Between 1927 and 1983, the architect and philosopher Buckminster Fuller wrote and spoke often about the logic of a cumulative and self-accelerating ephemeralization of the products of all encounters between human knowledge and technology. As Fuller explained in his book Critical Path, when Magellan’s crew completed the first maritime circumnavigation of the globe, the journey had taken 2 years; when the first steam ship did it, it took 2 months, the first airplane 2 weeks and the first orbiting space capsule 2 days. We are now a lot faster on all fronts.
This trend is also seen in IT. What we once knew as the “floppy disk”, around the year 1990 seems almost totally alien to the universe of micro-USB or micro-Flash storage devices now available, which are more than 1 million times as efficient in their use of materials and storage capacity. The technology needed to harvest, convert and transfer solar energy is following a similar self-accelerating cumulative ephemeralization curve.
20 years ago, it was notably more expensive to harvest, convert and distribute solar energy than to produce electricity using fossil fuels—in part due to government funding frameworks, externalization of major costs and the combustion-fuel bias of existing infrastructure. It was also, however, the result of the fact that the amount of raw material needed to support the conventional heavy-duty solar panels capable of competitive energy conversion was significant, even if the active silicon itself were abundant and lightweight.
In 2005, it still seemed, to many, unthinkable that the solar technologies then active in the marketplace could take a lot of terrain away from combustible hydrocarbon fuels, without major investment in industrial-scale production, and government support for a mega-company able to produce premium solar panels for large-scale deployment. Enter Solyndra: the business failed not for lack of demand or the inadequacy of the technology, but because it bet on a business model meant to be like that of the big oil companies or big auto manufacturers.
The market favored, as was to be foreseen, business models more in tune with the ephemeralizing tendency of solar energy technologies: lighter, more adaptable, less expensive and less dependent on market dominance. In China, such companies were springing up, with major state backing, and capable of building dominant market share, supported by a national supply chain aimed at producing a cheaper but just as effective product.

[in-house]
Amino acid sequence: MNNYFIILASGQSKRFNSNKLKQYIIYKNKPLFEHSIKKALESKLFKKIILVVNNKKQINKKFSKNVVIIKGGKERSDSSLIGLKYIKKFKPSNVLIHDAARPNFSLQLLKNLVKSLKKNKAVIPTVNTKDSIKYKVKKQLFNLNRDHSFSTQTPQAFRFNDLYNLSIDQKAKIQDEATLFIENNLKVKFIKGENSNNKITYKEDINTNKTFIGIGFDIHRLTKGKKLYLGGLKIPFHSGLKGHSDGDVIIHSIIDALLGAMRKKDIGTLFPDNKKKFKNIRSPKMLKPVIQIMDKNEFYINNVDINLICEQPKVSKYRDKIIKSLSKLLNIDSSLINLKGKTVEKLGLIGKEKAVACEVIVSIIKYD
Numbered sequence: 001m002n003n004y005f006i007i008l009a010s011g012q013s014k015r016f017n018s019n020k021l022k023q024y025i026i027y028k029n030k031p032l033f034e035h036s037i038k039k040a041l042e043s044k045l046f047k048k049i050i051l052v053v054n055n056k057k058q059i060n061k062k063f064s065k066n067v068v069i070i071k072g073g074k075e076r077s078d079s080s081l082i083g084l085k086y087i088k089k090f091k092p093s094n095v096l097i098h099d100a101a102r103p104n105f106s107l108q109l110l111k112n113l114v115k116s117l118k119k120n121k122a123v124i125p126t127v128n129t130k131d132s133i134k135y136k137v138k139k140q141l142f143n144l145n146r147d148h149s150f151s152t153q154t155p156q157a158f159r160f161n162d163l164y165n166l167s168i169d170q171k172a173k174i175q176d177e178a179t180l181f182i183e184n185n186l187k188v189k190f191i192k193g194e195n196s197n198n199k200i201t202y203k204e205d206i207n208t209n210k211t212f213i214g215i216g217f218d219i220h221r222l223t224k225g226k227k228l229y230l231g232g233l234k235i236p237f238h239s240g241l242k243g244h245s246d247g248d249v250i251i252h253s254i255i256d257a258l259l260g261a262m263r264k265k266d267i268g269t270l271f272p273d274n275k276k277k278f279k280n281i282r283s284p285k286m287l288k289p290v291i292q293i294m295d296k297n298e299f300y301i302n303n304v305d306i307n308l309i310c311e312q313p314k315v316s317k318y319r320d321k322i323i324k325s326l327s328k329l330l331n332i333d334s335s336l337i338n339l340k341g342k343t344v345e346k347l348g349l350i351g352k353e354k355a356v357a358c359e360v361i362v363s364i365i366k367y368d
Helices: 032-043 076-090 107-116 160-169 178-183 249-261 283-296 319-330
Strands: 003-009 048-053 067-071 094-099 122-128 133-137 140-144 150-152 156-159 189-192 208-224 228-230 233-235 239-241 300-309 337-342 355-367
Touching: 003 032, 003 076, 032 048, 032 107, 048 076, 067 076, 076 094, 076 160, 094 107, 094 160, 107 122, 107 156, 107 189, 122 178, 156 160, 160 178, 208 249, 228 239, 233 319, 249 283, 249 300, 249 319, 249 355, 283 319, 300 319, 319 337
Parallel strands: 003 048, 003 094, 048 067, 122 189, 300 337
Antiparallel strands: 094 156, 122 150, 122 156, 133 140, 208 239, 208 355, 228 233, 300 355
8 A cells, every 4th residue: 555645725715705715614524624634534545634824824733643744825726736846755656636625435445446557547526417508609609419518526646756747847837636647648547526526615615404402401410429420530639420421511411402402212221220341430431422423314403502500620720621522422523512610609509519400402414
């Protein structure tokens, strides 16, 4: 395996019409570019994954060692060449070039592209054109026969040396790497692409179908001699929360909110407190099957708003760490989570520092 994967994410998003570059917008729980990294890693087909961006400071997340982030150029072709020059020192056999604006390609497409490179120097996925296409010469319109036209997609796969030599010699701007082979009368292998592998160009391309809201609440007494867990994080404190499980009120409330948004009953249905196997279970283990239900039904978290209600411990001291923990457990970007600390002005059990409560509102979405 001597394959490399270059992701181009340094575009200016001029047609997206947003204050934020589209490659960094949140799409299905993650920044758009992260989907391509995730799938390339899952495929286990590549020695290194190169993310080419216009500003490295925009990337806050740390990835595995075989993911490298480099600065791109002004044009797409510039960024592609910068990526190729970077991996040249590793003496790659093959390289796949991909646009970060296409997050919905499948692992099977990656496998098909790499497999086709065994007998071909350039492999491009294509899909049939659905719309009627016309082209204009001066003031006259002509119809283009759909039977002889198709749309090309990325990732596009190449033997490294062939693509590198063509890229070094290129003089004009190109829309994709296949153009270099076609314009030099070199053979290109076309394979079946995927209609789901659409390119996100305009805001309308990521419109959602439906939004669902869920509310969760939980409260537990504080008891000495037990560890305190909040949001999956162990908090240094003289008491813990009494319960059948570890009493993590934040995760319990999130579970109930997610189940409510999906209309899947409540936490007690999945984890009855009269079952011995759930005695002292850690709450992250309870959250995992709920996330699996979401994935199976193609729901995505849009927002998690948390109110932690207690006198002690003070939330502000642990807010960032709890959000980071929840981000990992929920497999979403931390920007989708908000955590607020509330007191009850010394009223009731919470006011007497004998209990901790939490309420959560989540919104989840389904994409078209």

Now, in 2013, we see ourselves surrounded by new ultra-efficient technologies for harvesting solar energy. The following list of technologies is capable of generating many times more energy than total present and forecast global demand, and of doing so without generating new carbon emissions or other greenhouse gas emissions, and for less than what we spend now to get our energy:
- Organic solar concentrators (solar windows)
- Solar “glitter”
- Spray-on solar paint
- Rotating solar-PV cones
- Bio-solar (cellulose nanocrystals)
- Molten-salt solar thermal (24-hour solar)
- Printable solar (MIT)
- Solar PV road surfaces
- “The Artificial Leaf” (solar generation of clean hydrogen fuel)
Any one of these technologies, if supported by pervasive market-established infrastructure, could capture and deliver more energy than we currently consume. (The Sun delivers to the Earth in just one hour more energy than we consume in one year.) Together, these technologies amount to an actually underway ultra-efficient ephemeralization of energy production. In that sense, we are living the beginning of that future in which Fuller argued we would routinely access cosmically abundant clean energy resources.
The situation is reminiscent of a very unique word, a valued statement of emotional circumstance from an endangered indigenous language of the Canadian arctic: Inuktitut. The word is “puijilittatuq” and means, roughly, “he does not know which way to look, due to all the seals coming to the ice surface”. There is no word like it in any other language, and we must rescue that conceptualization of a very human perceptual/circumstantial moment, because we are, in fact, living a solar puijilittatuq moment. The cumulative self-accelerating ephemeralization observed by Fuller is now opening a future of abundant clean energy…
We need to know which way to look, and how to see and understand the abundance that engulfs us. We need to learn how to participate in the illimitable energetic and regenerative syntropy the Sun is offering.
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